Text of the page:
From fable to fact: characterizing the eclipse wind

“Only three times in my life, up to this point,” says Dr. David Horne, physicist and astronomer at Gannon University in Erie, PA, regarding the number of total solar eclipses he has observed.

While not once-in-a-lifetime, total solar eclipses are rare occurrences with limited geographical coverage. These special occasions present uncommon opportunities, and in April 2024, Dr. Horne, with the help of participants along the eclipse path nationwide, will attempt to measure a long-rumored phenomenon – the eclipse wind.

Throughout history, people have spoken of changes in the wind with the onset of a solar eclipse – from sailors watching mainsails inflate, to casual observers reporting sudden wind or stillness when the sun falls behind the shadow of the moon. With anecdotes, however, no one really knows if the observations are actual phenomena, if they arise in the psyche of observers, or if they were normal events that happened to correspond with the eclipse. An anecdote is often a question in need of data, and answers about the eclipse wind are forthcoming.

To study the eclipse wind, Dr. Horne has constructed an array of sensor platforms that will be deployed by volunteer citizen-scientists across the country. On each platform, a LI-550 TriSonica® Mini Wind and Weather Sensor will measure wind speed, wind direction, air temperature, pressure, and relative humidity, while a custom-programmed Arduino® microcomputer will record the data. Supplemental sensors will provide ambient light and redundant air pressure measurements.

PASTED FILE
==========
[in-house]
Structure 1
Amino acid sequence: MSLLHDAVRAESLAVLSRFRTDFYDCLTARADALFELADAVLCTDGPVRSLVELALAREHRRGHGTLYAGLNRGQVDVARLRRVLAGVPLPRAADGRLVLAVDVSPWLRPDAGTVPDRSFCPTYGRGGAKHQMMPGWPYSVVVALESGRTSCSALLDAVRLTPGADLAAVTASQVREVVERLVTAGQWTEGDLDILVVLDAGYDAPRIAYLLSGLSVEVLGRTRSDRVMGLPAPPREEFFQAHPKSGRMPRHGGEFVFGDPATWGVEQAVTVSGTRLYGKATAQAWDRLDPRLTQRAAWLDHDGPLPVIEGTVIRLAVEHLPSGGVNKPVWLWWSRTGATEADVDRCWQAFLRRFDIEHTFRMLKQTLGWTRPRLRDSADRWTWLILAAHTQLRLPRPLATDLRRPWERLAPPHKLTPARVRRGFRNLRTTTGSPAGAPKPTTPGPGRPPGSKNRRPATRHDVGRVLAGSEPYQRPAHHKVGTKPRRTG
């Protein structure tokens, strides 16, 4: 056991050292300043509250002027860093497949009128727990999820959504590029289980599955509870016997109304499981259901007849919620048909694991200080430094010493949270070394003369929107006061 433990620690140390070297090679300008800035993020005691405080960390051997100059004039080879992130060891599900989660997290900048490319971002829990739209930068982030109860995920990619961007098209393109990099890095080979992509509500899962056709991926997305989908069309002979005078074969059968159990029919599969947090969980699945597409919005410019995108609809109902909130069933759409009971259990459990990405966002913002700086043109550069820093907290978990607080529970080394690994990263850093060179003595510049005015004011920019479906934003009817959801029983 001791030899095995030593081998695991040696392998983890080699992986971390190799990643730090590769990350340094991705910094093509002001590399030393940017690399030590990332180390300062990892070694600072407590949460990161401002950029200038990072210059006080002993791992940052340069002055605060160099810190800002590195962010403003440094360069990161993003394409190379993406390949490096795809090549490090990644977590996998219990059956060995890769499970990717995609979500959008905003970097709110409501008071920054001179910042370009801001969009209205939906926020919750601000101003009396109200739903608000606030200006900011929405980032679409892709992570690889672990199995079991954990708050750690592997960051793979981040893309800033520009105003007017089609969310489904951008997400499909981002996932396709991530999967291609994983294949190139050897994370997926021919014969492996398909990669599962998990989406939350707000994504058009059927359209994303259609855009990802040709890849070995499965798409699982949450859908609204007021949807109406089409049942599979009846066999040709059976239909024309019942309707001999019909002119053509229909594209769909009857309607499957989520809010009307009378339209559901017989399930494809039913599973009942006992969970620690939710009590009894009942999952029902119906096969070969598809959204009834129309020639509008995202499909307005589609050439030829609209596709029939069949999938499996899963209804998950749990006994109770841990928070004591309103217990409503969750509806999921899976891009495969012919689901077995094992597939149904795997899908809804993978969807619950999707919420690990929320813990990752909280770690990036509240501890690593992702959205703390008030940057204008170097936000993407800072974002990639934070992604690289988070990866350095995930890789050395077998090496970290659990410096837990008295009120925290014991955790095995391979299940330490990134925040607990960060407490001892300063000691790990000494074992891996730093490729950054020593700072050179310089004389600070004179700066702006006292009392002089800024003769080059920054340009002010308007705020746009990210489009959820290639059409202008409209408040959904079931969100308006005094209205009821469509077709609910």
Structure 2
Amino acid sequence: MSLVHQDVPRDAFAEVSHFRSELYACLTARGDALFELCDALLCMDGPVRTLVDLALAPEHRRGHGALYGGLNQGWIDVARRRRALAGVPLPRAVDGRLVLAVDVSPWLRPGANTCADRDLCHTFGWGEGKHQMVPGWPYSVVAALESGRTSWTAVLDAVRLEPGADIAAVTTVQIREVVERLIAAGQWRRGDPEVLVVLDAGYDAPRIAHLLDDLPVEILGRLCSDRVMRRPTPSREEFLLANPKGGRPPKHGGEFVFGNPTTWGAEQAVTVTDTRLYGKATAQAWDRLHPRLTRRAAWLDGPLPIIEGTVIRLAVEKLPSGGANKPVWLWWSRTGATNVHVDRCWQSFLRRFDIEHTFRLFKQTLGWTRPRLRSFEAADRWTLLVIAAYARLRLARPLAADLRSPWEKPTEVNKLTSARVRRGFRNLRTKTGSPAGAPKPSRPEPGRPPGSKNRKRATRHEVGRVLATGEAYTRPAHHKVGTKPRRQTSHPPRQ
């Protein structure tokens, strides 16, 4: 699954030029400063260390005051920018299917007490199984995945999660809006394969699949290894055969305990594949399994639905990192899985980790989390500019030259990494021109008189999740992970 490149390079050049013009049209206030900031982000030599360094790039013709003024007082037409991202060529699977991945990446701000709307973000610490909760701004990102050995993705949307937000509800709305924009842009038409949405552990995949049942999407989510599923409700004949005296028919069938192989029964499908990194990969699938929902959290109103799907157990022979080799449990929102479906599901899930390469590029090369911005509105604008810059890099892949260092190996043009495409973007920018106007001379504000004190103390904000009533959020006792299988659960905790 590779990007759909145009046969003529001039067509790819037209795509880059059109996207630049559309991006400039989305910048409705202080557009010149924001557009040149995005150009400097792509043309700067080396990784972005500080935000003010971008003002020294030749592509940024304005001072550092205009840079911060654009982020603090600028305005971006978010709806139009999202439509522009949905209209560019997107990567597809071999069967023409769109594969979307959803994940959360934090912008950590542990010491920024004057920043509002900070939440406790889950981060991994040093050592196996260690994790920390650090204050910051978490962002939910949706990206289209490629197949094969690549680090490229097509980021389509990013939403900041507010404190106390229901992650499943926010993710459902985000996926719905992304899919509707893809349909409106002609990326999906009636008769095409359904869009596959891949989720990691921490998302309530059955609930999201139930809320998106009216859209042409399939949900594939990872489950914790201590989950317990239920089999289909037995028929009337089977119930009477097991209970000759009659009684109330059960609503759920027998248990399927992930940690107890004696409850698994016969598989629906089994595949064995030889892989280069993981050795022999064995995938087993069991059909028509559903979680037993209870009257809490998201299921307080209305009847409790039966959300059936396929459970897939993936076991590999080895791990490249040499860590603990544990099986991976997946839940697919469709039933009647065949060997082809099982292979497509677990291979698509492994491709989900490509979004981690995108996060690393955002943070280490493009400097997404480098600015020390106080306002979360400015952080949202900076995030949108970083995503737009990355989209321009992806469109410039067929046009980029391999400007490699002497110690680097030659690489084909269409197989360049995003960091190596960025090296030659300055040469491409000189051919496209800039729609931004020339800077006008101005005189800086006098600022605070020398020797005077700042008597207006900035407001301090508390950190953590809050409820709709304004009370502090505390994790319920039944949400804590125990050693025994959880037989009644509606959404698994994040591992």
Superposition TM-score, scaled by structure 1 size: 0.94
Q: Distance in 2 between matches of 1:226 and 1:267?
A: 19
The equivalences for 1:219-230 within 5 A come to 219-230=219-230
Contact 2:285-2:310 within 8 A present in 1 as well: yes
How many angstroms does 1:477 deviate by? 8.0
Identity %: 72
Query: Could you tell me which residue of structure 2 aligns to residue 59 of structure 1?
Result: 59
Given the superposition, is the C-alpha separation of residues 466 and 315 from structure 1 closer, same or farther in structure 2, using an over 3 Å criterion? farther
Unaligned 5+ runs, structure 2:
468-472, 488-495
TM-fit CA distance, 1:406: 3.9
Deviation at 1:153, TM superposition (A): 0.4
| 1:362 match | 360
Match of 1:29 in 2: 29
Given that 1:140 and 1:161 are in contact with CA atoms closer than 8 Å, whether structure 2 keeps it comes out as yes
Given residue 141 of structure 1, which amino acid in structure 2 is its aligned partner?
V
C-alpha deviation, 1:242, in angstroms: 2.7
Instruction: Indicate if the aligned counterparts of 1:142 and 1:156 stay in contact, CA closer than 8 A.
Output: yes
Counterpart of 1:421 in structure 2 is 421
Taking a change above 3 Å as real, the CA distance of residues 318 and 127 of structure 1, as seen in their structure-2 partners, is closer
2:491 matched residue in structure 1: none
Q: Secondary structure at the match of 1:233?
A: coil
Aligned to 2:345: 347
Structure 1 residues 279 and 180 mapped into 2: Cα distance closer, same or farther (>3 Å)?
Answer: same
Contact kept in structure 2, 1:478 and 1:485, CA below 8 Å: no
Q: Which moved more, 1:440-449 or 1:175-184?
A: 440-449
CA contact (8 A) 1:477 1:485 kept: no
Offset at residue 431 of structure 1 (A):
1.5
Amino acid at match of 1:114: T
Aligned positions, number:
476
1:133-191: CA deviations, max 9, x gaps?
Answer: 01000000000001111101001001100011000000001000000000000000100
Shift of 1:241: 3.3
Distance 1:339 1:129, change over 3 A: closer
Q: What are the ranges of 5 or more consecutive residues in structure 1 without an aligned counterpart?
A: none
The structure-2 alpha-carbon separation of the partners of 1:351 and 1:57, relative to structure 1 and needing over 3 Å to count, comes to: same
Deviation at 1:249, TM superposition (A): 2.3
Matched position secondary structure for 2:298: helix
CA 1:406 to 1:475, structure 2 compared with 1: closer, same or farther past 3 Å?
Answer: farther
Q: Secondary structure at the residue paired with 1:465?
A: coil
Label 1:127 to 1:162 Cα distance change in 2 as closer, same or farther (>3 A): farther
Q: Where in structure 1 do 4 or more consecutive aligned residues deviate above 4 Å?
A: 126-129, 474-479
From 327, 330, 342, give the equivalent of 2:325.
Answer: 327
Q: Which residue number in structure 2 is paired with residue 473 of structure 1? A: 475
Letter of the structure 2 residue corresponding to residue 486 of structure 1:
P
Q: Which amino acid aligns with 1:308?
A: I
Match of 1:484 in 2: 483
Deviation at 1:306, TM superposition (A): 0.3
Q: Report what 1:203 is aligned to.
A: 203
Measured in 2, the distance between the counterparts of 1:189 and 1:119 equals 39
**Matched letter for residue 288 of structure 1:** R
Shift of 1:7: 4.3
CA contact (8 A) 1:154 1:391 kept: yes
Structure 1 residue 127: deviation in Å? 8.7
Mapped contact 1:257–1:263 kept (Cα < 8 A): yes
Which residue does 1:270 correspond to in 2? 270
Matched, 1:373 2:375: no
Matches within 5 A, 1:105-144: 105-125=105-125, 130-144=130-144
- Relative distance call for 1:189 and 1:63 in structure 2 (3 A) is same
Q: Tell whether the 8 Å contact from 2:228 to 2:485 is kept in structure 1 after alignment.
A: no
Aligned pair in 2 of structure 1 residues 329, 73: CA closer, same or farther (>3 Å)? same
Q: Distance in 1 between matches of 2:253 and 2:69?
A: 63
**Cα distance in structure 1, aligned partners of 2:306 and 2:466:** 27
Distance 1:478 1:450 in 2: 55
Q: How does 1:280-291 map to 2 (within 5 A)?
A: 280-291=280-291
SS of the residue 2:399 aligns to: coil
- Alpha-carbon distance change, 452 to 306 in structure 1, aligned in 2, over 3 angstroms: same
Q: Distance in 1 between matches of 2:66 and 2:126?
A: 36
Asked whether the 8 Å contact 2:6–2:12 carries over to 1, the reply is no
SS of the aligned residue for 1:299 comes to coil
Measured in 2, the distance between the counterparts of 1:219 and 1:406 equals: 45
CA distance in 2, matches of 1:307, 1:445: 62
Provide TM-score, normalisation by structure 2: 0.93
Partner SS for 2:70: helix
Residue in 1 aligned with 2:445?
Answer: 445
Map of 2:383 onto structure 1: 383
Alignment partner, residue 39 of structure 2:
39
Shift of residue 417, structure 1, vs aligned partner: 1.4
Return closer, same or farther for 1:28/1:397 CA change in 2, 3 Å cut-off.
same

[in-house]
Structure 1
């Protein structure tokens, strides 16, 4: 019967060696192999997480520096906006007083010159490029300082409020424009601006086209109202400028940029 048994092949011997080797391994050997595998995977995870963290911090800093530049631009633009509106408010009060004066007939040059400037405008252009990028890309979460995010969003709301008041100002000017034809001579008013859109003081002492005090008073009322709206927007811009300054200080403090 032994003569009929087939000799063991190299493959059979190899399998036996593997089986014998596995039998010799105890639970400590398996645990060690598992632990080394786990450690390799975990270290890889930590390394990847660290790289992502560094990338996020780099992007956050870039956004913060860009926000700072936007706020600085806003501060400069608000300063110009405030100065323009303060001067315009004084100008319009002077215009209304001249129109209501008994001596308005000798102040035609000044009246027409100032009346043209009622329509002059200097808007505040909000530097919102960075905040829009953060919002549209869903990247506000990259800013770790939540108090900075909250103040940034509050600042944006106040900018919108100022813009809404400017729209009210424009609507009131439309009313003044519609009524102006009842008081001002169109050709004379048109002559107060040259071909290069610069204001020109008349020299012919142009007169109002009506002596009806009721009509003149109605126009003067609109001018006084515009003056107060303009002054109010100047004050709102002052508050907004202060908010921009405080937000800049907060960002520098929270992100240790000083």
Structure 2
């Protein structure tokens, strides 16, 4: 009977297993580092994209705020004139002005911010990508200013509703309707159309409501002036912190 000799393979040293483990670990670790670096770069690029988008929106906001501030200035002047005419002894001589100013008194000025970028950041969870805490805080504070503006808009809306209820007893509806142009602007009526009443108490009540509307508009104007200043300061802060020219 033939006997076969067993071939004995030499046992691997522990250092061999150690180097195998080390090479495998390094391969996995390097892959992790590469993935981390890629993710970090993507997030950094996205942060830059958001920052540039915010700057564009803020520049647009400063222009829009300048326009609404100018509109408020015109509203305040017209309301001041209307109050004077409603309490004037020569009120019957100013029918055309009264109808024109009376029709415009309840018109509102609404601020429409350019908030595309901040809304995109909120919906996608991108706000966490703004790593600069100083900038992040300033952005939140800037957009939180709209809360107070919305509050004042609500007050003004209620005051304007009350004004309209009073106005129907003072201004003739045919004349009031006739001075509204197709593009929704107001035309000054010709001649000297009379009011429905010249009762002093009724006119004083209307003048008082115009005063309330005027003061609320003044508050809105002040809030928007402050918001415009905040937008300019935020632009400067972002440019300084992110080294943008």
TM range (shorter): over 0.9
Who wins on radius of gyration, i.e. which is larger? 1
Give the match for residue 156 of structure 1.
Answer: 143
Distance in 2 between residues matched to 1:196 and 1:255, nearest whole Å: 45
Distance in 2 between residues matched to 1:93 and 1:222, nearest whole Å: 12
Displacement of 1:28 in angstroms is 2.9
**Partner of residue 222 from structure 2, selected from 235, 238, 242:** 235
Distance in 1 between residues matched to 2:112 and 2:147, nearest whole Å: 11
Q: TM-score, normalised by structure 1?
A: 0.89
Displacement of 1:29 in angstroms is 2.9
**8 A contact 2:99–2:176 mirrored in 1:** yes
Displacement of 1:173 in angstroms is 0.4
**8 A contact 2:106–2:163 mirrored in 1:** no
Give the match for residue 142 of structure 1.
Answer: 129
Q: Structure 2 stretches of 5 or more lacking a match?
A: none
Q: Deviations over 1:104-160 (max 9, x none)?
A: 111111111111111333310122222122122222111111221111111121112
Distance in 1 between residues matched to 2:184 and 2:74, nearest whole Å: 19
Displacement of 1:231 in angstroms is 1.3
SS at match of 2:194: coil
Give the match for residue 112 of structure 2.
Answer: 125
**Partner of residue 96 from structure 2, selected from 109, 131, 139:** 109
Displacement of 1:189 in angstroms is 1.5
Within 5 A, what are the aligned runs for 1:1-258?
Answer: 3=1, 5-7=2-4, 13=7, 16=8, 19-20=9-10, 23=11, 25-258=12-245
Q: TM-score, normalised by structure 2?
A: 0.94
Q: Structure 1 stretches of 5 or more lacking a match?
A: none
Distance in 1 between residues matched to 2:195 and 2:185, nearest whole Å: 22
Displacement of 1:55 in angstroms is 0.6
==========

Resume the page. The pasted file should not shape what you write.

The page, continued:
Traditional 3-D sonic anemometers are costly, but the low cost of the LI-550 TriSonica® Mini Wind and Weather Sensor made it ideal for this research. Plus, the LI-550 measures more than just wind. Measurements of ambient air pressure, humidity, and temperature reduced the complexity of the sensor system. Since these parameters are included in the data from the LI-550, there was no need to build a more complex data acquisition system. The LI-550 sends data as plain text that is easy to log and interpret.

Dr. Horne and his peers have created simple, dependable sensor platforms that can be deployed by volunteers who have minimal training. Six sensor platforms will be installed along the path of the eclipse. Starting one hour before first contact, participants will place the sensor platform in position, power it on, and wait while the eclipse happens. One hour after the eclipse is over, participants will gather the equipment and send it – along with the data – to Dr. Horne. Dr. Horne hopes that the data gathered will provide evidence for eclipse wind and inform future lines of inquiry into the phenomenon.

Regardless of what they learn about the eclipse wind, this research certainly proves something: meaningful experiments can be undertaken by resourceful, creative scientists with a small budget and small team. Good research questions can be overshadowed by big-budget studies, but sometimes great ideas are close at hand. And sometimes, a good hypothesis to test is one that is suspected by observers but not yet known to science. You might even say that it was better to know the wind than to wonder.

A row of five small tripods support five identical sensor platforms, each featuring a LI-550F TriSonica Mini Wind and Weather Sensor. A leafless woodland canopy stands in the background, while sparse leaf litter covers the mowed grass in the foreground.
Figure 1. LI-550F TriSonica® Mini Wind and Weather Sensors are being tested before deployment. These sensor platforms are destined to measure wind as the solar eclipse makes a pass over the continental United States on April 8, 2024.

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